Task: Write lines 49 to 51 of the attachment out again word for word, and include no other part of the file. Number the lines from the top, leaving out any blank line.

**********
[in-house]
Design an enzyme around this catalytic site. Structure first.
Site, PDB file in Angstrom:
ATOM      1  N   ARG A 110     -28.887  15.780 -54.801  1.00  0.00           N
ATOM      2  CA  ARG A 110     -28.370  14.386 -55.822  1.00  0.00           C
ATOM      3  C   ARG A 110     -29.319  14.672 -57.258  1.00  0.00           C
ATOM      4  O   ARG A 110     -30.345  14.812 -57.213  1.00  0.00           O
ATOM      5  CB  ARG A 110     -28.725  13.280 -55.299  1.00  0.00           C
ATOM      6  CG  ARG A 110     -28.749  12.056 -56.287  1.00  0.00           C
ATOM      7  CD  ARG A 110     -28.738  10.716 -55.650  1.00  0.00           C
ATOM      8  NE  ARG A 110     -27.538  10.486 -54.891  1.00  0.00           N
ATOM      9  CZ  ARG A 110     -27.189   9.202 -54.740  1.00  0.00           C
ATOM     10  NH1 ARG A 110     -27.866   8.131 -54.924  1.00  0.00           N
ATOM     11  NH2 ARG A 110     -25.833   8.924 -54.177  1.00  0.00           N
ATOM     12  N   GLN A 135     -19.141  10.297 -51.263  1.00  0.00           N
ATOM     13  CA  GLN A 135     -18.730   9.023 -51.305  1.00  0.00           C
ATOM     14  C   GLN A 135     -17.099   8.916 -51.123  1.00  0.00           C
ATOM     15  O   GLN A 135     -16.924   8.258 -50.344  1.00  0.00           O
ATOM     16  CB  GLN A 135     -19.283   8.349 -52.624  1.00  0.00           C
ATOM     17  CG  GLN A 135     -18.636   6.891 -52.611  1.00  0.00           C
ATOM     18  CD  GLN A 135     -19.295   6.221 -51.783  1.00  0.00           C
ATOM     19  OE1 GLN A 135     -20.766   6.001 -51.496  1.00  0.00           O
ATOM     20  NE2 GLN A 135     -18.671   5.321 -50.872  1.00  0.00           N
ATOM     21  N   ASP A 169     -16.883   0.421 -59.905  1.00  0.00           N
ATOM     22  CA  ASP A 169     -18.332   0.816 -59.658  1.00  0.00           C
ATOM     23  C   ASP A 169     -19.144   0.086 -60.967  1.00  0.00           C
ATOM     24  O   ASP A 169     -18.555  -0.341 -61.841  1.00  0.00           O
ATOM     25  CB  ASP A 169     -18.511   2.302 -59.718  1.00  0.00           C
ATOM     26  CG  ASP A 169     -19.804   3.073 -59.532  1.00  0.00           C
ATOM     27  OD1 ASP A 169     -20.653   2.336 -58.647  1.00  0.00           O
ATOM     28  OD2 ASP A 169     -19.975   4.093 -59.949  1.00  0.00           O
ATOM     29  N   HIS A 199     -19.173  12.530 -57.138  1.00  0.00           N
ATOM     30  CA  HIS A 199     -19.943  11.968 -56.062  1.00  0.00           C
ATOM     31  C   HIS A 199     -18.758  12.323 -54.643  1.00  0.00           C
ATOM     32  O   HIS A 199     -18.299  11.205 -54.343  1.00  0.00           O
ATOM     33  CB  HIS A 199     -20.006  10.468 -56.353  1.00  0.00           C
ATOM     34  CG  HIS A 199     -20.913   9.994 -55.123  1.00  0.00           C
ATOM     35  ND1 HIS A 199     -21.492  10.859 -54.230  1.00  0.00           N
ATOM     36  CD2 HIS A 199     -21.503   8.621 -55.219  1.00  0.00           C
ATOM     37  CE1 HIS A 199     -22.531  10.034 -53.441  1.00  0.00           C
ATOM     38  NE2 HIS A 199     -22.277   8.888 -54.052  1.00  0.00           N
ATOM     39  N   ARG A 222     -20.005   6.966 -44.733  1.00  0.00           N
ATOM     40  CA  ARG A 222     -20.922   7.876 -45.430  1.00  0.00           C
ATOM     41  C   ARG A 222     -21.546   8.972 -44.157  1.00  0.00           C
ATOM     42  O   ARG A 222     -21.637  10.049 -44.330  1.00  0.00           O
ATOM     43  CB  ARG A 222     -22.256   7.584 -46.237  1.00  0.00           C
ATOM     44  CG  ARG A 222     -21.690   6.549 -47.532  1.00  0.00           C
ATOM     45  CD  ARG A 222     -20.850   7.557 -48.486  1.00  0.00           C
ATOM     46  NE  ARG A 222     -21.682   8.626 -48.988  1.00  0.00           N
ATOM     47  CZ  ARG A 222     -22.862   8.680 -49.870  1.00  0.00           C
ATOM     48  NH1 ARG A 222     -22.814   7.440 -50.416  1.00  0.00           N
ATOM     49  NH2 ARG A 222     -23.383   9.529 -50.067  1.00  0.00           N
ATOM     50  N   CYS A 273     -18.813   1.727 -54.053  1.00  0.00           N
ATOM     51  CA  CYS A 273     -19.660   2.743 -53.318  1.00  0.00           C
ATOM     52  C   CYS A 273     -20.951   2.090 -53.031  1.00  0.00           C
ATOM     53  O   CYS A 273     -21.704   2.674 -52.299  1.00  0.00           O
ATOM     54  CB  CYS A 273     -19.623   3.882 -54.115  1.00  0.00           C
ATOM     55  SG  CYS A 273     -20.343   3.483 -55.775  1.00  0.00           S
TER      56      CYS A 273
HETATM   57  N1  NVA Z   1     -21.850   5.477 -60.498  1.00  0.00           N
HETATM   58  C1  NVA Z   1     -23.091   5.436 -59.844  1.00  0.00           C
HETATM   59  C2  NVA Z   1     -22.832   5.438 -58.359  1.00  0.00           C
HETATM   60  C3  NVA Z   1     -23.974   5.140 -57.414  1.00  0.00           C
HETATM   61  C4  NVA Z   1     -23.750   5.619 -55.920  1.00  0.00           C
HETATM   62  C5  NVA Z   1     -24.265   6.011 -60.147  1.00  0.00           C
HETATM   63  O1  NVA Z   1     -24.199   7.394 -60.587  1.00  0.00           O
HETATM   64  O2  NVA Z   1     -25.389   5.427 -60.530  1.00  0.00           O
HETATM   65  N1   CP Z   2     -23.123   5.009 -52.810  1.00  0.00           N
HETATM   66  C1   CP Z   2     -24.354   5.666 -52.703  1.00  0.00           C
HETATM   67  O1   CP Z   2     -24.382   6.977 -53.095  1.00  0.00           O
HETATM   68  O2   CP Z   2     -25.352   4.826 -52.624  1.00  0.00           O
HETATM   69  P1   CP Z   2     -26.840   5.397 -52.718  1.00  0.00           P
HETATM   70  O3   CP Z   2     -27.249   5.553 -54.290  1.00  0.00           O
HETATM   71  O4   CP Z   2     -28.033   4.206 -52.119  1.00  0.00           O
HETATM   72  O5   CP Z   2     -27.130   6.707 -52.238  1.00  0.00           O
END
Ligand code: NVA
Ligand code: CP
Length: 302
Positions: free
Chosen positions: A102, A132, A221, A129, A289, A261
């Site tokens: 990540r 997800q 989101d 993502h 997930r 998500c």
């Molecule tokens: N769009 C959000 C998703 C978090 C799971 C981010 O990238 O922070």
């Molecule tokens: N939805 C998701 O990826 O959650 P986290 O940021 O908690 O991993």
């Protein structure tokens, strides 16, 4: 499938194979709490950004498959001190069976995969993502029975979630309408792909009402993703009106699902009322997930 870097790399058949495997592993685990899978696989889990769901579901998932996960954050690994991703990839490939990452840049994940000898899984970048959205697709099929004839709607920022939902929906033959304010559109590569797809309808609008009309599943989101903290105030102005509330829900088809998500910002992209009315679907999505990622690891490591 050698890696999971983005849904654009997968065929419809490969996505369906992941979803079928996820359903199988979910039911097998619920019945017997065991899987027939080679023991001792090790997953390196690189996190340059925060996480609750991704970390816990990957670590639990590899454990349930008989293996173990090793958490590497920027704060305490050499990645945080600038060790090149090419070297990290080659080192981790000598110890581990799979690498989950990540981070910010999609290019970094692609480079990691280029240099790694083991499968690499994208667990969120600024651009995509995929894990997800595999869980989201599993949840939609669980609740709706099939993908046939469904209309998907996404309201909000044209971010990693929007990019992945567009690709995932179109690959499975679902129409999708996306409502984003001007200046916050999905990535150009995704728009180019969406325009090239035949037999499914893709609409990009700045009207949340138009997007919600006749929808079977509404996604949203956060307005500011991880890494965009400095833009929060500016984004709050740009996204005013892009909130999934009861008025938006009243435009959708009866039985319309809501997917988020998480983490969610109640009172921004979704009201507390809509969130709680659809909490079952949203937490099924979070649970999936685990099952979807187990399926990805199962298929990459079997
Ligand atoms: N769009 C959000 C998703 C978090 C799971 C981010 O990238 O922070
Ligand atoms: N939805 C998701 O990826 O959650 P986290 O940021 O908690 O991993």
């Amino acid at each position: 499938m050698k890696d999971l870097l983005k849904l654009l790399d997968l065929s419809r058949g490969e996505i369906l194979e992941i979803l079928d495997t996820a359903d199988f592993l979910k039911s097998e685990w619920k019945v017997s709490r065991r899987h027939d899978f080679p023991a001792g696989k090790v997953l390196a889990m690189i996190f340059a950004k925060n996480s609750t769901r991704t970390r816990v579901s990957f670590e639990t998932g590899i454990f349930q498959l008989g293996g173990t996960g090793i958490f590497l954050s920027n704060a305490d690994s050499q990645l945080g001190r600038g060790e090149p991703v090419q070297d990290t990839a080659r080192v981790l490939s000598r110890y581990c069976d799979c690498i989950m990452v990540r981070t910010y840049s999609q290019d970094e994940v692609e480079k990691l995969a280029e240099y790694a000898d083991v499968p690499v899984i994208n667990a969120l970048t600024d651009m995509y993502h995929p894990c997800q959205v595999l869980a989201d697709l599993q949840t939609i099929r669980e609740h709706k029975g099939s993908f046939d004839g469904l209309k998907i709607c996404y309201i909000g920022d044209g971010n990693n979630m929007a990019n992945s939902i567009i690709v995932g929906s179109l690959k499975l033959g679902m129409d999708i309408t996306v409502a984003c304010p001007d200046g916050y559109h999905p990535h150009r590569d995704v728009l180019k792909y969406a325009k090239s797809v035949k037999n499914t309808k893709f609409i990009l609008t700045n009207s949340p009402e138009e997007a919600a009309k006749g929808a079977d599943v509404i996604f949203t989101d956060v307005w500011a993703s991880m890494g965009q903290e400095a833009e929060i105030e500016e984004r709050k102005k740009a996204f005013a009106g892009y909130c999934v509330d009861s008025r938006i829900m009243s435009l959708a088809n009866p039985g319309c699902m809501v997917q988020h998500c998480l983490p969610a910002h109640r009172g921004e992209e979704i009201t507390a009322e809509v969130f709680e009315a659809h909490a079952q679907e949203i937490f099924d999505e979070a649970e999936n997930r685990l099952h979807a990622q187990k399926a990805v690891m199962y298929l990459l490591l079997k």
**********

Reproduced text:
ATOM     46  NE  ARG A 222     -21.682   8.626 -48.988  1.00  0.00           N
ATOM     47  CZ  ARG A 222     -22.862   8.680 -49.870  1.00  0.00           C
ATOM     48  NH1 ARG A 222     -22.814   7.440 -50.416  1.00  0.00           N